An Egyptian archaeological mission announces the discovery of a limestone statue, in the shape of a sphinx, whose face would depict a Roman emperor, most likely Claudius. The head of the sculpture is covered by a nemes, the headdress worn in antiquity by Egyptian rulers.

The discovery took place in the Qena Governorate, along the Nile River in southern Egypt. The statue was inside a Roman building brought to light during excavations near a temple – also from Roman times – dedicated to the god Horus. Already in 2014, on an outer wall of the temple of Isis in Shanhur, 20 kilometers north of Luxor, an engraving was discovered depicting Emperor Claudius dressed as a pharaoh, with hieroglyphics calling him "son of Ra, lord of the crowns" and "King of Upper and Lower Egypt, lord of the Two Lands".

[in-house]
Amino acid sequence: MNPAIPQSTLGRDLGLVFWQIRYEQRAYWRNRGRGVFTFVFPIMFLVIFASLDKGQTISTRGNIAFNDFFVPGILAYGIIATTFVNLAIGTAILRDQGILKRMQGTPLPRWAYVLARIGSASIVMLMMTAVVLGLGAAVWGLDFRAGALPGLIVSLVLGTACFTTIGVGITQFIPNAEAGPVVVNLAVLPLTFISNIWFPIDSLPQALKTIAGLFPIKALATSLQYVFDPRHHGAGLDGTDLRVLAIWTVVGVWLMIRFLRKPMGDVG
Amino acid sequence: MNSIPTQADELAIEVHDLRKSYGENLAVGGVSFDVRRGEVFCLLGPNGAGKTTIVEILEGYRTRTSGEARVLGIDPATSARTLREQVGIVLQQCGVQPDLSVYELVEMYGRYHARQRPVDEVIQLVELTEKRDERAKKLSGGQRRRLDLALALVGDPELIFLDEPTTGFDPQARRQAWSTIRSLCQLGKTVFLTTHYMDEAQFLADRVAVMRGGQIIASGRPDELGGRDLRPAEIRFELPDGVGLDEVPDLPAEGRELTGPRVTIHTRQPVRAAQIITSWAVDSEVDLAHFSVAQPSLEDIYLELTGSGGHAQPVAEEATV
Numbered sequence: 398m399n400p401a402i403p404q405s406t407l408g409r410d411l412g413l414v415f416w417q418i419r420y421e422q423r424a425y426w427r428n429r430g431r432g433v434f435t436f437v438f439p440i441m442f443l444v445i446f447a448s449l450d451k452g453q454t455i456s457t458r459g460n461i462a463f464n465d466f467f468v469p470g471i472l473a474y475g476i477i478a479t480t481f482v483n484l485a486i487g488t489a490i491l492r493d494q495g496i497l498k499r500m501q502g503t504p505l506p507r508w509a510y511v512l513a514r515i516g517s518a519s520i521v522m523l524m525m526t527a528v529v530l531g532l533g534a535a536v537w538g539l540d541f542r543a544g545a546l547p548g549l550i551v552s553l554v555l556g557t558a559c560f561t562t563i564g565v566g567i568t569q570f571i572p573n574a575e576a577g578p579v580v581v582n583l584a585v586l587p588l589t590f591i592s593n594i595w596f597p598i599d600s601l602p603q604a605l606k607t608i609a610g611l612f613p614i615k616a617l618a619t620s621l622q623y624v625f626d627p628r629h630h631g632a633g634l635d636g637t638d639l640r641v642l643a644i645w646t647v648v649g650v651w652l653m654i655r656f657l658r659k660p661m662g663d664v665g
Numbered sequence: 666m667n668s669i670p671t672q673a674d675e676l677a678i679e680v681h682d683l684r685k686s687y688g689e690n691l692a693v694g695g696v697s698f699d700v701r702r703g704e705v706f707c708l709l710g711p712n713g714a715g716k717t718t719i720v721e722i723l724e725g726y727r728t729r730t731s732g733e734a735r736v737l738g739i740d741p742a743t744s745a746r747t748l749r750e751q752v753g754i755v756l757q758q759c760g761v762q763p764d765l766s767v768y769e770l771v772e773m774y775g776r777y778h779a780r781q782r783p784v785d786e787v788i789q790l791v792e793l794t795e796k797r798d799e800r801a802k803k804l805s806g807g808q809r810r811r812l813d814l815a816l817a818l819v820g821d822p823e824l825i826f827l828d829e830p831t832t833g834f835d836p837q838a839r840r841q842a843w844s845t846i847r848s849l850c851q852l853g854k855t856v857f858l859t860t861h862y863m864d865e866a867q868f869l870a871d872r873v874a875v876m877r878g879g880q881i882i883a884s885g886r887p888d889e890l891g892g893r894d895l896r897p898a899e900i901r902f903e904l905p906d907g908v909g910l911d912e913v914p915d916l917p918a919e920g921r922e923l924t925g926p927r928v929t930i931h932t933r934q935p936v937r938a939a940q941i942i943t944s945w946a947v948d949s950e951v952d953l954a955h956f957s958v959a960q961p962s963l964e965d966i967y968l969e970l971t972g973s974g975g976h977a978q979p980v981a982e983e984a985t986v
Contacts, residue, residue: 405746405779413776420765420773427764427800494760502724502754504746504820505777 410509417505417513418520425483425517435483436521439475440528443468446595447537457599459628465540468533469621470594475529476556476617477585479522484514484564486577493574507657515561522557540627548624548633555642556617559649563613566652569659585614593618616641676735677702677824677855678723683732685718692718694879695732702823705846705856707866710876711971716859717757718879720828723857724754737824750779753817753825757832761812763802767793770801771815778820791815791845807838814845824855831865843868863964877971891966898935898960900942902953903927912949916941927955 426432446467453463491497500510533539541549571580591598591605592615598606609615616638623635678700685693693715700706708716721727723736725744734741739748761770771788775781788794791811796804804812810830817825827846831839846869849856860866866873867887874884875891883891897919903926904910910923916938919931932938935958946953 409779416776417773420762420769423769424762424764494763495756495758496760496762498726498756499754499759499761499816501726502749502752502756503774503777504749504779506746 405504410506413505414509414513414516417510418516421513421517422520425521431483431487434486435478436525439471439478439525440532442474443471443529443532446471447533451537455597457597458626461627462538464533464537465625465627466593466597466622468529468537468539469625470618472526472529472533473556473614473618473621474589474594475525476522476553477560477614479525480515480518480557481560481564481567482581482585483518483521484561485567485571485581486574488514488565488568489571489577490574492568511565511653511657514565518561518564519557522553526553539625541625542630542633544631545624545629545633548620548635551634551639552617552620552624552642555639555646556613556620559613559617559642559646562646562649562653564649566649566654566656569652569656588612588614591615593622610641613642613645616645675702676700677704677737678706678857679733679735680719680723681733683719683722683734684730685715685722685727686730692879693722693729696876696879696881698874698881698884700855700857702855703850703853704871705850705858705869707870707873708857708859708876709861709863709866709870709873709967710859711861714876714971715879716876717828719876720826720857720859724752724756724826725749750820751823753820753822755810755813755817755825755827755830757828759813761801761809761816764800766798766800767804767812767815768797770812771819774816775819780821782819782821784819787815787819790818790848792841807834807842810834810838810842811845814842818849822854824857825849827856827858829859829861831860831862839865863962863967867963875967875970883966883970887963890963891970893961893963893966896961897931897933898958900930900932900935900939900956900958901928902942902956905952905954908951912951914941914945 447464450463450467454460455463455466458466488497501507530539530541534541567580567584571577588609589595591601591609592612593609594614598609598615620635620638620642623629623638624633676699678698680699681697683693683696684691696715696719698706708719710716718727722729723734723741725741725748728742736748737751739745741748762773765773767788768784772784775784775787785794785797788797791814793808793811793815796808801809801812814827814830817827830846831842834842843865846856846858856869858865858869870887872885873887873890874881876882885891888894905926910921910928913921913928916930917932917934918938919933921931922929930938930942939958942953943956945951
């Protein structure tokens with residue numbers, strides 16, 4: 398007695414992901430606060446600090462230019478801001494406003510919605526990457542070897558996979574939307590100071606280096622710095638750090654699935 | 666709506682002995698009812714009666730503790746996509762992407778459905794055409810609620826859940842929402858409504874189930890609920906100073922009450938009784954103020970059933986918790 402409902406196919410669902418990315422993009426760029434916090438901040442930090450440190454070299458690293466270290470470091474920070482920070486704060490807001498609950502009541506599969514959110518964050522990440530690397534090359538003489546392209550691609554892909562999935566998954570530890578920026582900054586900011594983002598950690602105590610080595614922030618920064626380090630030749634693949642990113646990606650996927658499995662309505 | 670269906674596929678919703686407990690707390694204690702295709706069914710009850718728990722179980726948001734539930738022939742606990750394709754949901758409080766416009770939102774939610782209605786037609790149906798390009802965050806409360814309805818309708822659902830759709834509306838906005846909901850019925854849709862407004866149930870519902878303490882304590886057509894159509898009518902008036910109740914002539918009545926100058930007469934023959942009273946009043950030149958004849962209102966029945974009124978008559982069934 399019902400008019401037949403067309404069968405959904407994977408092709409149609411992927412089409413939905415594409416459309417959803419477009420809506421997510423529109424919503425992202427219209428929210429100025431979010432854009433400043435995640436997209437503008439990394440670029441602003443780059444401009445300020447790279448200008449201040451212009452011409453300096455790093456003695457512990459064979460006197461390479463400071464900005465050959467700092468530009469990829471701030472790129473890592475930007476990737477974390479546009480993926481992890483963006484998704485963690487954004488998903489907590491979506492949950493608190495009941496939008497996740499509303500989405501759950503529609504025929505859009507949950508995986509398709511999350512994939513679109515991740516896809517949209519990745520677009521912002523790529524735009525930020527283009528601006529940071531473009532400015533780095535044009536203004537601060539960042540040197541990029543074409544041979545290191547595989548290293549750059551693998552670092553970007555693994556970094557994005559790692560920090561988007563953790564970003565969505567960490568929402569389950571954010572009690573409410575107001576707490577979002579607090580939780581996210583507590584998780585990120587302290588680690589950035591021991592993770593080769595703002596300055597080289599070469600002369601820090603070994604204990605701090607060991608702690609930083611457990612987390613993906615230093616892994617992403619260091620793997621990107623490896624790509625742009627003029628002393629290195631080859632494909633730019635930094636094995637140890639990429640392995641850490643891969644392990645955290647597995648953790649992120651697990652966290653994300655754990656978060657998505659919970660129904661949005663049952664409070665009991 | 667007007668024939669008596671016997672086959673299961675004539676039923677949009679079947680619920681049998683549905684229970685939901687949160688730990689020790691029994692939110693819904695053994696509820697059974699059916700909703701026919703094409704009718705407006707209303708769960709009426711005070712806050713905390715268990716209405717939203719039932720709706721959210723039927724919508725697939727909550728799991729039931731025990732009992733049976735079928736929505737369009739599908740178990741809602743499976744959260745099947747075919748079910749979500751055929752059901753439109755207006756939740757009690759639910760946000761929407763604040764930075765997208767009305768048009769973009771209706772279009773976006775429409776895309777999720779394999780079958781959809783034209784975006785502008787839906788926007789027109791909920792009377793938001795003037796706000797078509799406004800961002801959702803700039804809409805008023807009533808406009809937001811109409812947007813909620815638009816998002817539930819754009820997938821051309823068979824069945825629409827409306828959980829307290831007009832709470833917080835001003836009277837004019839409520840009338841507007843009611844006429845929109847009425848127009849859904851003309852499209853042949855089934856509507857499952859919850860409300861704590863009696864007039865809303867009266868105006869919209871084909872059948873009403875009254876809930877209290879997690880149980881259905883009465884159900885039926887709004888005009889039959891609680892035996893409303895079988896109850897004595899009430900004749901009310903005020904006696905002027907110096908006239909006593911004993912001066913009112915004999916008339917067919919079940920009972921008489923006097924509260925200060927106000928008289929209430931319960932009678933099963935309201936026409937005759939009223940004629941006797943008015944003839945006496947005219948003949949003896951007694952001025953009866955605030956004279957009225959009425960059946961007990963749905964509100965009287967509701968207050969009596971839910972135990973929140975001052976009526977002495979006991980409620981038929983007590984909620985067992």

Claudius reigned from 41 to 54 AD. Like other Roman emperors, he never visited Egypt, but it is known that by authorizing and encouraging his worship they legitimized the command over the Nile and the desert regions of North Africa, managing to maintain the political stability of these territories.

The Egyptian priests depicted the emperors as pharaohs from the moment of the Roman conquest, carried out by Octavian Augustus in 31 BC, after the death of Cleopatra, until the fourth century after Christ, when, with the death of Theodosius I, the empire ended up divided between his sons, Arcadius and Honorius, in the Roman Empire of East and West.


Emperor Claudius' sphinx found